Vicki's Reviews > The Black Echo

The Black Echo by Michael Connelly
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Oct 07, 2011

it was amazing

Michael Connelly sets the standard for gritty crime novels from the perspective of a jaded but insightful Los Angeles detective. This is the first of several novels featuring Detective Harry Bosch, a loner who is at odds with Internal Affairs and his own supervisor, and is constantly threatened with demotion and/or reassignment for following his own path rather than departmental guidelines.

Harry gets the call on this particular case, which appears to be an overdose death in an above ground open sewer pipe at a Los Angeles area reservoir. Harry immediately sees some details which others have overlooked, details which make him question the initial assumption that this is an accidental overdose by a hardened drug user. It doesn't take Harry long to realize he actually knows the victim, and in fact was in Viet Nam assigned to the same outfit around 15 years prior. They had both been assigned the frightening duty of "tunnel rats," which involved going down into dark and ominous tunnels looking for Viet Cong. Those tunnels could run for miles under jungles and from village to village. The blackness and dank fetid air in those tunnels earned those tunnels the nickname, the Black Echo.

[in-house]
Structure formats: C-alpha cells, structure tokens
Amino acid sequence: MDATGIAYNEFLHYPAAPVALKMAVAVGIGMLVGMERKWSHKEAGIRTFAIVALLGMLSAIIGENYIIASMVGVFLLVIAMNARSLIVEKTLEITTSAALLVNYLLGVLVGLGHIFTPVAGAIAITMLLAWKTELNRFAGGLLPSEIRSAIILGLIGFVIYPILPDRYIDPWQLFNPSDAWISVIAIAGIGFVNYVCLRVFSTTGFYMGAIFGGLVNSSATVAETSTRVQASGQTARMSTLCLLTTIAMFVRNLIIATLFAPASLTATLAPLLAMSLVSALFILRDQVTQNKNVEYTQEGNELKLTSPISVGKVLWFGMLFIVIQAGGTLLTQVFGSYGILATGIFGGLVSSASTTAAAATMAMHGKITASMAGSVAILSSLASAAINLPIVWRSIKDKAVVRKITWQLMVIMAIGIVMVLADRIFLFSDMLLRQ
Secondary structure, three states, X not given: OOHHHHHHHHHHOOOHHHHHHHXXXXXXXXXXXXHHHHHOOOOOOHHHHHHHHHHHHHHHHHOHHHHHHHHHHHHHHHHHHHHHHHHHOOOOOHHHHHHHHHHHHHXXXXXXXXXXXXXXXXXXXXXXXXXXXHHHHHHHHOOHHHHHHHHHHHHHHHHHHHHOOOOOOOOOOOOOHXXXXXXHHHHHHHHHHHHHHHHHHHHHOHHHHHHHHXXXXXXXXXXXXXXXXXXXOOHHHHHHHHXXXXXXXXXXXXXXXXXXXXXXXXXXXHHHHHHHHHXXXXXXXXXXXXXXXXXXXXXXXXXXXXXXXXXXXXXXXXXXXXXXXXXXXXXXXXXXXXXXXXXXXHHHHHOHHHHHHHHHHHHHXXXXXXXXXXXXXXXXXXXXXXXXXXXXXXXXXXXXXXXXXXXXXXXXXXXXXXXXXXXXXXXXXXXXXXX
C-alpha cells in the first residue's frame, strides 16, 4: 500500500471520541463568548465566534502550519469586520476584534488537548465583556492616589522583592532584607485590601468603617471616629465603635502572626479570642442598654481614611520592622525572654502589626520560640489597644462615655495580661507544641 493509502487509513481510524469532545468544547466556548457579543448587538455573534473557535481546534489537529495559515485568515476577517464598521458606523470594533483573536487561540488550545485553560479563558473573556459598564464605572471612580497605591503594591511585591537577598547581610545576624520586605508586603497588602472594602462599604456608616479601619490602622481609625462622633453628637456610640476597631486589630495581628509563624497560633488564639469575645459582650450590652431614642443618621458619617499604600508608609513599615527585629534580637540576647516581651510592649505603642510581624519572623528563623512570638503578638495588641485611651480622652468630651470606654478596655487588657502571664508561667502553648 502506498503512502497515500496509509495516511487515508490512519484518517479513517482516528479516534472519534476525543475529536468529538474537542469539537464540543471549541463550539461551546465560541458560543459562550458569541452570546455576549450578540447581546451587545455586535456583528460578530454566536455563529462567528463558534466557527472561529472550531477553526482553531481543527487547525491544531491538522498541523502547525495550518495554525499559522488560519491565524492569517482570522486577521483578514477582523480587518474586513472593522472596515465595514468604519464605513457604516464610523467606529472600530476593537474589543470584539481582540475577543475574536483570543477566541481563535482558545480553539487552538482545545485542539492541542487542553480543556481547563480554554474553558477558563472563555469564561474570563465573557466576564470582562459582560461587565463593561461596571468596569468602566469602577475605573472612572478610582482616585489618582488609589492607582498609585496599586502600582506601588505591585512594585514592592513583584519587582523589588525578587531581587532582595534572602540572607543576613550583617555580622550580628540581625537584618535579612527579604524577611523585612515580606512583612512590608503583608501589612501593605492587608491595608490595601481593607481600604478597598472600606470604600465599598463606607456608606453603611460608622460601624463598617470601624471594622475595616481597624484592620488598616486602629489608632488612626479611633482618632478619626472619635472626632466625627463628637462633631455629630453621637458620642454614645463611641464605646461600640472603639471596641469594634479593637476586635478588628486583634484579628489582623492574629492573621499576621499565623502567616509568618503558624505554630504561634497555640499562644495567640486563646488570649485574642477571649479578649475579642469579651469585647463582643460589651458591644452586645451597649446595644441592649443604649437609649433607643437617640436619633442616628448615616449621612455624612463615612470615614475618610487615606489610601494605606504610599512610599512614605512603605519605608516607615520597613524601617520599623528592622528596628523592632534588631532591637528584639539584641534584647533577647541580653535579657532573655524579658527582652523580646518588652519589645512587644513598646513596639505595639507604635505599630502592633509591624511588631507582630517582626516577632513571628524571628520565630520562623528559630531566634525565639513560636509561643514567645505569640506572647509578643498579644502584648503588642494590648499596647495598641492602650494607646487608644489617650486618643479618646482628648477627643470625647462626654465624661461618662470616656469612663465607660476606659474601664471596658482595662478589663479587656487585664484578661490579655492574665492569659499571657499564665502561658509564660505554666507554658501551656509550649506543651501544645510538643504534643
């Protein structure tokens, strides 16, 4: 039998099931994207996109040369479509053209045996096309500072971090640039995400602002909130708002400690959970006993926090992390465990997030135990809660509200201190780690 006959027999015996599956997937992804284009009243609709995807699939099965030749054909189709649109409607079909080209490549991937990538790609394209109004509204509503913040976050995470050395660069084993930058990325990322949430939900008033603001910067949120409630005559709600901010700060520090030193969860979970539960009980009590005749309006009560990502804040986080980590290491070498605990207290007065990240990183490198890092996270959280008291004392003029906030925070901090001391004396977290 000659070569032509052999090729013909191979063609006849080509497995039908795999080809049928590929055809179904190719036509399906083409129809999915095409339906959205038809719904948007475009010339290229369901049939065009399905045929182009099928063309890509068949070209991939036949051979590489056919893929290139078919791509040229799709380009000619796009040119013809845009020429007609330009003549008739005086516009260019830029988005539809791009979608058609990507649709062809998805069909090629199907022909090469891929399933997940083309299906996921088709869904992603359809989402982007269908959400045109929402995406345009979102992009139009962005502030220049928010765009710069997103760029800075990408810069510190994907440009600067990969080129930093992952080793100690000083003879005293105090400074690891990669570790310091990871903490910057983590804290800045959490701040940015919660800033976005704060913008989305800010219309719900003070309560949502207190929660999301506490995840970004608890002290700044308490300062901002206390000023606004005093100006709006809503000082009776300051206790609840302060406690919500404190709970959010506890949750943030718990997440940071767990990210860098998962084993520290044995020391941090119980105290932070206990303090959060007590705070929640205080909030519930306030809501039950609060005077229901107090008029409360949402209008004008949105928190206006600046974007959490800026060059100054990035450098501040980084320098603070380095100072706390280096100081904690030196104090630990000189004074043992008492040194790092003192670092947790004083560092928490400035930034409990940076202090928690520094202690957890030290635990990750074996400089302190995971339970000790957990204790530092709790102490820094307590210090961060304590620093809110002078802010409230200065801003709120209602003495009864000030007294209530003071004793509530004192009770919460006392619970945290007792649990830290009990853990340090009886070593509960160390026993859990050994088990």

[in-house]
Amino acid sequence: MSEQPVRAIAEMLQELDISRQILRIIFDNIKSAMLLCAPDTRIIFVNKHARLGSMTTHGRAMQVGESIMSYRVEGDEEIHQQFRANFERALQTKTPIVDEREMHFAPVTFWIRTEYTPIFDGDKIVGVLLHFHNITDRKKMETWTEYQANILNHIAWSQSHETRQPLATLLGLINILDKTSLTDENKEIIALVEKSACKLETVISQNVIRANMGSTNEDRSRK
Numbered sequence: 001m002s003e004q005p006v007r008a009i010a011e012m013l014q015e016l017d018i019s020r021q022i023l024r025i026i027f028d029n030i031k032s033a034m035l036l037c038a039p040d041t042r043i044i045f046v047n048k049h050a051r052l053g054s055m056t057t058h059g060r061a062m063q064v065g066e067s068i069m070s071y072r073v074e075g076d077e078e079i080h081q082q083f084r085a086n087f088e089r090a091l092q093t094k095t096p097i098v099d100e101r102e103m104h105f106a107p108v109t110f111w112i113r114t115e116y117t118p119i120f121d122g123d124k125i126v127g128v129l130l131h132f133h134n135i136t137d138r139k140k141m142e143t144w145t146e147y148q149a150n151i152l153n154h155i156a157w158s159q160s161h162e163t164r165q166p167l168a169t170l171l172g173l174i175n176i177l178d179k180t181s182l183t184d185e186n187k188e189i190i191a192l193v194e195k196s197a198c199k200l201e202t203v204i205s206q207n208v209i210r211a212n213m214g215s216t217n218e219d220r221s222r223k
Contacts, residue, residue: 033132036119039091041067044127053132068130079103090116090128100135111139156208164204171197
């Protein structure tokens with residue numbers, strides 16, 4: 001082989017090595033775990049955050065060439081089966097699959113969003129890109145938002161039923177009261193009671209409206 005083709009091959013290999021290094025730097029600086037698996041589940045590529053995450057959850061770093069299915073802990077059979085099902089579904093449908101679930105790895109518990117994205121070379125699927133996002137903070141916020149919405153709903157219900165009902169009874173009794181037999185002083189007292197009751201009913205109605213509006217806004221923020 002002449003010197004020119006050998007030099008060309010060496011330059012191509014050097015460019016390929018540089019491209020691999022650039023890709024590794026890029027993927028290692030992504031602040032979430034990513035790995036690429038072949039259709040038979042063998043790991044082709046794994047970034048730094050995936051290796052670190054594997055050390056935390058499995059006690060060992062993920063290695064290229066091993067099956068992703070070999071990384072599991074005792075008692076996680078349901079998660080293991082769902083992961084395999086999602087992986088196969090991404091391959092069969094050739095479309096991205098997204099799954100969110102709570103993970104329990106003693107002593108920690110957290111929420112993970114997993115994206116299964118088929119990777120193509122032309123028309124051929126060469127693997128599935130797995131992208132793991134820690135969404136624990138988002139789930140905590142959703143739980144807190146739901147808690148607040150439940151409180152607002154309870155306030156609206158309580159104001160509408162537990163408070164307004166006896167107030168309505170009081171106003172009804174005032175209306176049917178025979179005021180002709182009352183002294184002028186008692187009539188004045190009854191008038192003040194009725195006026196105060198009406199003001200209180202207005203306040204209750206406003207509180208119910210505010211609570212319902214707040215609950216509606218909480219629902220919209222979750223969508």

Harry still suffers from insomnia and nightmares as a result of his time in Viet Nam. He recalls that the victim found in the pipe at the reservoir had indeed developed a drug habit while in the service, but had actually called Harry in recent years asking for help getting into treatment in an attempt to get clean and avoid more prison time. He also recalled that the victim had seemed to relish the thrill and excitement of the unknown that went with the tunnel assignments.

As details of the case begin to unfold, Harry is surprised to find out that the FBI also has an interest in the murder investigation. Over the objections of his supervisor, Harry begins to work with the FBI investigators and they share information which may lead to solving the murder case. But as Connelly's tales usually have, there is an additional case, an unsolved bank robbery which the murder case appears to be part of. There are players involved whose appearances complicate the case, and surprisingly keep leading Harry's thinking back to the fall of Saigon. Harry's power of analysis and his dogged linking of far flung, seemingly unrelated clues help him to build a case, leading slowly toward the murderer and inevitably the resolution of a myriad of additional crimes.

This is a tale of outstanding detective work up against sordid crime and master criminals, police corruption and bureaucratic obstacles described in the vividly detailed setting of urban Los Angeles. Harry Bosch is a detective whose various cases you will want to experience as he reappears as protagonist in several Connelly novels, all gripping mysteries involving near perfect crimes. Harry Bosch smokes too much, drinks too much, doesn't do personal relationships very well, but goodness, can he pick up a thread of clues and follow them through to the end!

So if you see the name Michael Connelly on the book cover, grab it and you'll enjoy every minute of it. Boy can he plot a great mystery!
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